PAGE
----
Place these into a big bowl and add the chopped or torn basil leaves

Season with salt (to taste) and add a generous helping of excellent quality extra virgin olive oil

When the pasta is cooked, drain and immediately transfer into the bowl holding the tomatoes, basil & garlic

Toss everything together and serve immediately!

For those that enjoy a bit of spice, provide ground chilli flakes (we have ours in a salt/pepper mill set to its finest setting) and each individual can add these to their own portion, to taste.


Tomato Spaghetti – Gloriously Simple, Gloriously Good!

Sardinian Sausage | Salsiccia Fresca | S’Artizzu

Sardinian Sausage

Also known as “Salsiccia Fresca” or S’Artizzu (its sardinian name)

Sardinian Sausage Cooked | Salsiccia Fresca | S'Artizzu

These Sardinian delights are one of the many things I relish tucking into whenever we visit family in Sardinia.  As they’re impossible to get over here, I almost get withdrawal symptoms, so I decided to take the plunge and make some myself.

I looked for recipes online and, as they’re such an artisanal product, it was difficult to find an actual recipe, but at least it gave me the basic idea of what ingredients I needed to include.  I’ve then played with the quantities until I (and hubby) was satisfied that the flavour was as close as we could get it to the ones we have eaten in Sardinia.

The unique flavour of these sausages comes from aniseed (though fennel seeds are used interchangeably, depending on who is making the sausages).  I found it quite tricky to find aniseed (which surprised me!), so I made these with fennel seeds.

In Sardinia, you would buy S’Artizzu (sardinian sausage) in huge rings to cook over a barbecue, then chop it up once cooked into smaller pieces to to serve on a big platter for everyone to help themselves.  The quantities indicated below would make approximately 2 such giant rings, or 12-16 smaller individual portion rings (depending on the size of the rings).sardinian sausage ring

Hubby and I used natural sausage casings we bought from a lovely butcher at Doncaster market, though it was really hard work to thread these onto the nozzle on the sausage-making kit on our mixer.  Next time, we’ll try using natural casings bought on a spool.  I’ve found a site that sells them HERE.


  • Sausage Casings: Natural Sheep (thin, for chippolata sausages)
  • 1.7kg fatty pork meat (we used a mixture of pork belly and pork shoulder)
  • 3tsp fennel seeds (or aniseed if you can find it), crushed with a pestle & mortar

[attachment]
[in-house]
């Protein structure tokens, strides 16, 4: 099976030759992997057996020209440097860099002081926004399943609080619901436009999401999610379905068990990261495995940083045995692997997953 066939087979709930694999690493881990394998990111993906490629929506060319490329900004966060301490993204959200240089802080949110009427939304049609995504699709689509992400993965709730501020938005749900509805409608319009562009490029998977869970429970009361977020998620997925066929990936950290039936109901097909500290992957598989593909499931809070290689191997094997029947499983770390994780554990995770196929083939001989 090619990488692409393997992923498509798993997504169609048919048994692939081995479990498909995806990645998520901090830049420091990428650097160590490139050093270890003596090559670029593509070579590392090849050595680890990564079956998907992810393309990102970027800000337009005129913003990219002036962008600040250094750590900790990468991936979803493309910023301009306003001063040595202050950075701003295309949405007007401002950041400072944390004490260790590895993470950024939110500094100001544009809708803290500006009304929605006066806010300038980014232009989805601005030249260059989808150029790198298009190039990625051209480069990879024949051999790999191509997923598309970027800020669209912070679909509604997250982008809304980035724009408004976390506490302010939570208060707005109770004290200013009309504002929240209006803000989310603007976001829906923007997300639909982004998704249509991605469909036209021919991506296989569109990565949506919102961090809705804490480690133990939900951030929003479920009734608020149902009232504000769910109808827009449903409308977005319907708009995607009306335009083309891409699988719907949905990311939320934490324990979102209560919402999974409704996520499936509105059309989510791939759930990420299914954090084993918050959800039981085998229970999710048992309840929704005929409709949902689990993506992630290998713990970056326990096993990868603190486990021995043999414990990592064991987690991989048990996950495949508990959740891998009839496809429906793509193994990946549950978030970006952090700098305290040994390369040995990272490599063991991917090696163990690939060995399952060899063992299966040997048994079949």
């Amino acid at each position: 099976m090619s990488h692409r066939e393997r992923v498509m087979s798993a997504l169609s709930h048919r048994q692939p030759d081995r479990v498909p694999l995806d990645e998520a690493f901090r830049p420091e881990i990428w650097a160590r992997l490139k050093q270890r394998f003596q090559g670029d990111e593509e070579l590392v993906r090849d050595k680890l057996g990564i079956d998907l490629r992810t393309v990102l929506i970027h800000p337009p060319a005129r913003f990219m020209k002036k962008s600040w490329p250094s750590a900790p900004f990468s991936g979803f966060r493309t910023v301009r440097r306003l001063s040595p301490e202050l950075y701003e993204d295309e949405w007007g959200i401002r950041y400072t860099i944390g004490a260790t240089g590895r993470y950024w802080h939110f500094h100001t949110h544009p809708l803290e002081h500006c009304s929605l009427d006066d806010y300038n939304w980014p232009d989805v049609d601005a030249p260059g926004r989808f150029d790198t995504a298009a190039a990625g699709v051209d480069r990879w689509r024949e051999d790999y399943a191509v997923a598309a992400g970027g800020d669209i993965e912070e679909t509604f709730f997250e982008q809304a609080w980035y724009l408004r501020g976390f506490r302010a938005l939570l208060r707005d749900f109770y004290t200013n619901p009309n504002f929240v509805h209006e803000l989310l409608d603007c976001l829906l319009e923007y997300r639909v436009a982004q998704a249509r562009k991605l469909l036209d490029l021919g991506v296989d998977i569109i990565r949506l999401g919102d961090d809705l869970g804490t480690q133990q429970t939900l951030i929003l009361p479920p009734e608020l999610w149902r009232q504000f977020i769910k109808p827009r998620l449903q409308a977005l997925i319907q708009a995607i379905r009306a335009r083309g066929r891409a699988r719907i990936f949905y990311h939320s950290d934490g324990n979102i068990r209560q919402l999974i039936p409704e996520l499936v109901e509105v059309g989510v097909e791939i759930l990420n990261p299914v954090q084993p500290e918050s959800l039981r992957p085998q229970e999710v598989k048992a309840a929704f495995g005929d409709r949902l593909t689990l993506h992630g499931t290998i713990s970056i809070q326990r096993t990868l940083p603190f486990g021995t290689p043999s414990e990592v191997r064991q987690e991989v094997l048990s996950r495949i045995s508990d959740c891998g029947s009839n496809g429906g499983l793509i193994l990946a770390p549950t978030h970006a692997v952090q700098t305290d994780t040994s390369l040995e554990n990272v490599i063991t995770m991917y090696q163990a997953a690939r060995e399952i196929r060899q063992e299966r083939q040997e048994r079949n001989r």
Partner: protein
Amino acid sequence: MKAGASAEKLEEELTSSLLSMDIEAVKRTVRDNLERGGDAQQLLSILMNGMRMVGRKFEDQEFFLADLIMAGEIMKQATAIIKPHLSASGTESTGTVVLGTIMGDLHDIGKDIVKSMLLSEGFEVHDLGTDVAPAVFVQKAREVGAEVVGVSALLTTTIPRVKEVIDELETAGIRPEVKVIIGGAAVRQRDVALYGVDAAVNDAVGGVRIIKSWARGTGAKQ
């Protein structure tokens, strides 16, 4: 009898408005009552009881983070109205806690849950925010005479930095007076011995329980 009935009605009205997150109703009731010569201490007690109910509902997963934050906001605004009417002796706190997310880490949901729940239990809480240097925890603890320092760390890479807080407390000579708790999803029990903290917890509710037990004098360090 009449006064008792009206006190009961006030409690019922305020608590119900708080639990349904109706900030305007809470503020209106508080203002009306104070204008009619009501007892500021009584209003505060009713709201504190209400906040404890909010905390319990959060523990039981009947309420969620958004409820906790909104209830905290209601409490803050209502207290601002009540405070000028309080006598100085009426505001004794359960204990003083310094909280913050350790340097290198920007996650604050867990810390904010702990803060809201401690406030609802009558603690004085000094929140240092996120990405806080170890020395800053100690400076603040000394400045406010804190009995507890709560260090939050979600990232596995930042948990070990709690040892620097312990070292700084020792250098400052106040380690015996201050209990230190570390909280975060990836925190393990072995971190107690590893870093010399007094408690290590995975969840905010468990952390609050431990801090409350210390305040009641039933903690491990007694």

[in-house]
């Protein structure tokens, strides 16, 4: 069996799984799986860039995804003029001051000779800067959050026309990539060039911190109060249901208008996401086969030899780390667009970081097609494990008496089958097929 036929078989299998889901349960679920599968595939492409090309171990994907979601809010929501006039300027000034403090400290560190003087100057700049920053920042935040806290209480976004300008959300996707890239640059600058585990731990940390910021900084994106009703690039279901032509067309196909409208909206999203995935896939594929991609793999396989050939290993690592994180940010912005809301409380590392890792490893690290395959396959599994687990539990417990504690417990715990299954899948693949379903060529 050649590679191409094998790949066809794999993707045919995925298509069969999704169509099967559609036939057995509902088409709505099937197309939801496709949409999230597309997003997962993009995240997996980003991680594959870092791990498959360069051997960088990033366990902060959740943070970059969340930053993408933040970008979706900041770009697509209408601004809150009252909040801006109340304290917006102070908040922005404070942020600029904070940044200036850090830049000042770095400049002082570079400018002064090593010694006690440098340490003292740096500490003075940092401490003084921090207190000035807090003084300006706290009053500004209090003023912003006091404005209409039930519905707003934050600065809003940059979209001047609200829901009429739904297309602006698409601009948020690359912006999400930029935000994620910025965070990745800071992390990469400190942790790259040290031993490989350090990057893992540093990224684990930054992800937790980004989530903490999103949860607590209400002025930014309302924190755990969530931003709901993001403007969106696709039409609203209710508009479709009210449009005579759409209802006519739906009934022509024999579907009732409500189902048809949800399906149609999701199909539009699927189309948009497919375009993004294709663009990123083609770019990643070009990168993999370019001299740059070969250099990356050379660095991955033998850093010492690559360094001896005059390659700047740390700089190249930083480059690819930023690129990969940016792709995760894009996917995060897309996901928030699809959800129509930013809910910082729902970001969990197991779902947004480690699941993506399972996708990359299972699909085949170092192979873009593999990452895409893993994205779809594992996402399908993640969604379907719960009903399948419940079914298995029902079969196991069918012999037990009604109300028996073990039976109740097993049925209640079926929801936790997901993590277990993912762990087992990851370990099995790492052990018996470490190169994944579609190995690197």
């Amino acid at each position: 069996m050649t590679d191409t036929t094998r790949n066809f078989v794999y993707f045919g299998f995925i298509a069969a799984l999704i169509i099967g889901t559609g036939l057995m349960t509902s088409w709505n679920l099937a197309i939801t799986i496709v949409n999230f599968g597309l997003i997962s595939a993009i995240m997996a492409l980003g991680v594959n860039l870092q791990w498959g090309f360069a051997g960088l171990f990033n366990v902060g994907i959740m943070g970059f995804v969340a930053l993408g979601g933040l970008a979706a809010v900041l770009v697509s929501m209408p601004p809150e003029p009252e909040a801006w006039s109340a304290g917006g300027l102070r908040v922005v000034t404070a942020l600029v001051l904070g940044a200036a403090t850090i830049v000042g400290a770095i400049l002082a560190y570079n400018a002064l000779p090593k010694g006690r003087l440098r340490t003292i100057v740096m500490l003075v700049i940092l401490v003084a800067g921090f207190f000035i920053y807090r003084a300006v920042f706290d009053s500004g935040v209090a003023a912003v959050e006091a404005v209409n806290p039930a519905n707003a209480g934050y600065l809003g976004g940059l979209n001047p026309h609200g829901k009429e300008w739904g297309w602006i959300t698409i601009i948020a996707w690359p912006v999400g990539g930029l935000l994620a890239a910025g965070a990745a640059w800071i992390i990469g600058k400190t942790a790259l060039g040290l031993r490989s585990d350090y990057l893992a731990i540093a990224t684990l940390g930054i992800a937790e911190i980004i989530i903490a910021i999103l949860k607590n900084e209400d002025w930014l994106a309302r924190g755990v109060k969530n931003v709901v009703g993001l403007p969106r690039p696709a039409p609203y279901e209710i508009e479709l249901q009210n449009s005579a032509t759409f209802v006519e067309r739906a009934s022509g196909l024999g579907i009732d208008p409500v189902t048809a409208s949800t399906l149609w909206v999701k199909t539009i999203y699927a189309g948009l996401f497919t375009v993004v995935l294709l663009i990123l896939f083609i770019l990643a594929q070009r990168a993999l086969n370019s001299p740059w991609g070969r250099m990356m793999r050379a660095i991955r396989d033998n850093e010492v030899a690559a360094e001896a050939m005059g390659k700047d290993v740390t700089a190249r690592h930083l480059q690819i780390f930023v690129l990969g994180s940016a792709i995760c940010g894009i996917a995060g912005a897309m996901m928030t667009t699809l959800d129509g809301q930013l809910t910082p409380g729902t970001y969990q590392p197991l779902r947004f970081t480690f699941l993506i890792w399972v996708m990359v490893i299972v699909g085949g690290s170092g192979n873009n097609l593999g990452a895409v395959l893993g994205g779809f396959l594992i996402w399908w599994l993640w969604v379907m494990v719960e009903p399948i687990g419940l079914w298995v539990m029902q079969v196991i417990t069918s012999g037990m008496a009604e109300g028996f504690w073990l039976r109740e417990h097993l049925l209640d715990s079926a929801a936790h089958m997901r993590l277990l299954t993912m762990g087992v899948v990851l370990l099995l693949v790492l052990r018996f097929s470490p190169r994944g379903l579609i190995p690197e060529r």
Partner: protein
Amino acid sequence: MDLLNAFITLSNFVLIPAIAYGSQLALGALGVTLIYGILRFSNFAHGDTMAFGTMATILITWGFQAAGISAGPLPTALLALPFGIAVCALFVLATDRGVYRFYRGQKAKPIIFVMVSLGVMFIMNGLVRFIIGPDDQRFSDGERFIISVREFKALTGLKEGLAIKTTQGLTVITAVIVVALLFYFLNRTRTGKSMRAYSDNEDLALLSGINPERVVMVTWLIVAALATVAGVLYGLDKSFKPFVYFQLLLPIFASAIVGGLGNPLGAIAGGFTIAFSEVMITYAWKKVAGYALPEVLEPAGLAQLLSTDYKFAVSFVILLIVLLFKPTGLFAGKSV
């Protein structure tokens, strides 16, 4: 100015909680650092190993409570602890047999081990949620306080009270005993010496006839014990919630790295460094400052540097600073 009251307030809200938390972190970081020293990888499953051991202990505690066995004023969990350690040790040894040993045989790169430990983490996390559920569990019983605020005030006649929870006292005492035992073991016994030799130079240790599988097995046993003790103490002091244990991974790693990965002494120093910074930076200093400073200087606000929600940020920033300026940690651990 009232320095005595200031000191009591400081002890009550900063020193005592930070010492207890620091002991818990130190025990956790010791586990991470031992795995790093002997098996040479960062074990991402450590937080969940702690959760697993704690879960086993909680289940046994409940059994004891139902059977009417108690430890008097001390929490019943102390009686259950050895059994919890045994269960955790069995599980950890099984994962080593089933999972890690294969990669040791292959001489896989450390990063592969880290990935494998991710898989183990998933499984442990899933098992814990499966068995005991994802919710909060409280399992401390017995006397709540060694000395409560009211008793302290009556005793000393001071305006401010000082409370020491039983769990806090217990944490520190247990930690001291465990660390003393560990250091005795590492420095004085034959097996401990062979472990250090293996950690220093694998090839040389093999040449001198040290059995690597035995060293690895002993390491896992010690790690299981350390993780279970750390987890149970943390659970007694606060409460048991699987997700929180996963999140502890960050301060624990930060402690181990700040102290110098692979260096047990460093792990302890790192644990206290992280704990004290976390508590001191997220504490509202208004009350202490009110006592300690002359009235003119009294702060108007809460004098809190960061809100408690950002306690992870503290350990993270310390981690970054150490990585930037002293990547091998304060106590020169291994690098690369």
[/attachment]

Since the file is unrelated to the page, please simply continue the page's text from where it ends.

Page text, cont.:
• 2tsp fine sea salt
  • a good dash of freshly ground black pepper
  • 5 cloves of garlic (very finely chopped or put them through the mincer with the meat)
  • a good dash of dry white whine (approx. 80ml)

Sardinian Sausage Cooked | Salsiccia Fresca | S'Artizzu


Ask your butcher to take the rind off the pork but leave as much of the fat on as possible, then chop the meat into chunks you can feed through your mincer (grinder).

Mix the meat chunks, fennel seeds, salt, pepper and peeled garlic cloves in a big bowl (you can leave these to marinate/infuse the flavours for a couple of hours if you like)

Put the seasoned meat & garlic cloves through your mincer on the biggest/chunkiest setting (Italian sausages tend to have a coarser texture than many British ones)

Add the wine to the minced meat mixture and mix well by hand (don’t over-work the mixture, but make sure the flavours are evenly spread and the wine has been absorbed into the mixture)

Now the fun begins!! Feed the mixture into your sausage-maker loaded with a long length of thin natural casing and gently fill the casing.  Ideally, you want to make one long continuous length you can roll into a big ring (about the size of a dinner plate).

Before cooking, put 2 wooden/bamboo kebab sticks through the ring to form a cross, so that the ring will hold its shape on the barbecue.  Or, you can make smaller rings like we did, or even thin straight chippolatas (which, due to the casings breaking on us a LOT when we made these, we also ended up doing).  Grill, pan-fry, griddle or barbecue your sausages.  Freeze those you don’t need to use straight away.


Gloriously Good (and aside from the stuffing of the casings…Gloriously Simple!) 😉